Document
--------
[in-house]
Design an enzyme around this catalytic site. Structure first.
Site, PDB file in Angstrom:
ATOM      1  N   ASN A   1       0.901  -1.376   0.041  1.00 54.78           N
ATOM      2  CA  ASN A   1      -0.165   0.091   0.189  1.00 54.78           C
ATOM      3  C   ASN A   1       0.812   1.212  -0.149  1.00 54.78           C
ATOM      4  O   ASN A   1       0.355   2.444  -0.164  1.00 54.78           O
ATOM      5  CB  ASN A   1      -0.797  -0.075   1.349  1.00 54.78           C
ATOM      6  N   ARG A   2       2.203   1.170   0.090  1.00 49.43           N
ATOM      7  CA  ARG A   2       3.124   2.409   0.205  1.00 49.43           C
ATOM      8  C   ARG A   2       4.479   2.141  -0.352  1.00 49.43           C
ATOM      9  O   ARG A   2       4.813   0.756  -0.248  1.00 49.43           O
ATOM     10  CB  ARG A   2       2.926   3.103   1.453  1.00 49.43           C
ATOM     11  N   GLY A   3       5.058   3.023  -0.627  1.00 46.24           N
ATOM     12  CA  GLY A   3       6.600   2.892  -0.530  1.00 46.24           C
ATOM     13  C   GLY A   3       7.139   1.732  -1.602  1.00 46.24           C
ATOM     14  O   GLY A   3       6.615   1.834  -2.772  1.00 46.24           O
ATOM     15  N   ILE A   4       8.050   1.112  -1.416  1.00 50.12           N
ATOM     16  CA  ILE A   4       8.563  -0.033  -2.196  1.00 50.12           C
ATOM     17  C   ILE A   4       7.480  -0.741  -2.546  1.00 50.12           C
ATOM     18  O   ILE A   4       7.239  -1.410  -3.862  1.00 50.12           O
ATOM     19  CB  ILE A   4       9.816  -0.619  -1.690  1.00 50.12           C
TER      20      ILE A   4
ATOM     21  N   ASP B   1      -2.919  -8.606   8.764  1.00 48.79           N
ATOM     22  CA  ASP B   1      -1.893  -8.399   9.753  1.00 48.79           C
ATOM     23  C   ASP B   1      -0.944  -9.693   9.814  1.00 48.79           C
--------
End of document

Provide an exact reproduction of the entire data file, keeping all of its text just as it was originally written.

[in-house]
Design an enzyme around this catalytic site. Structure first.
Site, PDB file in Angstrom:
ATOM      1  N   ASN A   1       0.901  -1.376   0.041  1.00 54.78           N
ATOM      2  CA  ASN A   1      -0.165   0.091   0.189  1.00 54.78           C
ATOM      3  C   ASN A   1       0.812   1.212  -0.149  1.00 54.78           C
ATOM      4  O   ASN A   1       0.355   2.444  -0.164  1.00 54.78           O
ATOM      5  CB  ASN A   1      -0.797  -0.075   1.349  1.00 54.78           C
ATOM      6  N   ARG A   2       2.203   1.170   0.090  1.00 49.43           N
ATOM      7  CA  ARG A   2       3.124   2.409   0.205  1.00 49.43           C
ATOM      8  C   ARG A   2       4.479   2.141  -0.352  1.00 49.43           C
ATOM      9  O   ARG A   2       4.813   0.756  -0.248  1.00 49.43           O
ATOM     10  CB  ARG A   2       2.926   3.103   1.453  1.00 49.43           C
ATOM     11  N   GLY A   3       5.058   3.023  -0.627  1.00 46.24           N
ATOM     12  CA  GLY A   3       6.600   2.892  -0.530  1.00 46.24           C
ATOM     13  C   GLY A   3       7.139   1.732  -1.602  1.00 46.24           C
ATOM     14  O   GLY A   3       6.615   1.834  -2.772  1.00 46.24           O
ATOM     15  N   ILE A   4       8.050   1.112  -1.416  1.00 50.12           N
ATOM     16  CA  ILE A   4       8.563  -0.033  -2.196  1.00 50.12           C
ATOM     17  C   ILE A   4       7.480  -0.741  -2.546  1.00 50.12           C
ATOM     18  O   ILE A   4       7.239  -1.410  -3.862  1.00 50.12           O
ATOM     19  CB  ILE A   4       9.816  -0.619  -1.690  1.00 50.12           C
TER      20      ILE A   4
ATOM     21  N   ASP B   1      -2.919  -8.606   8.764  1.00 48.79           N
ATOM     22  CA  ASP B   1      -1.893  -8.399   9.753  1.00 48.79           C
ATOM     23  C   ASP B   1      -0.944  -9.693   9.814  1.00 48.79           C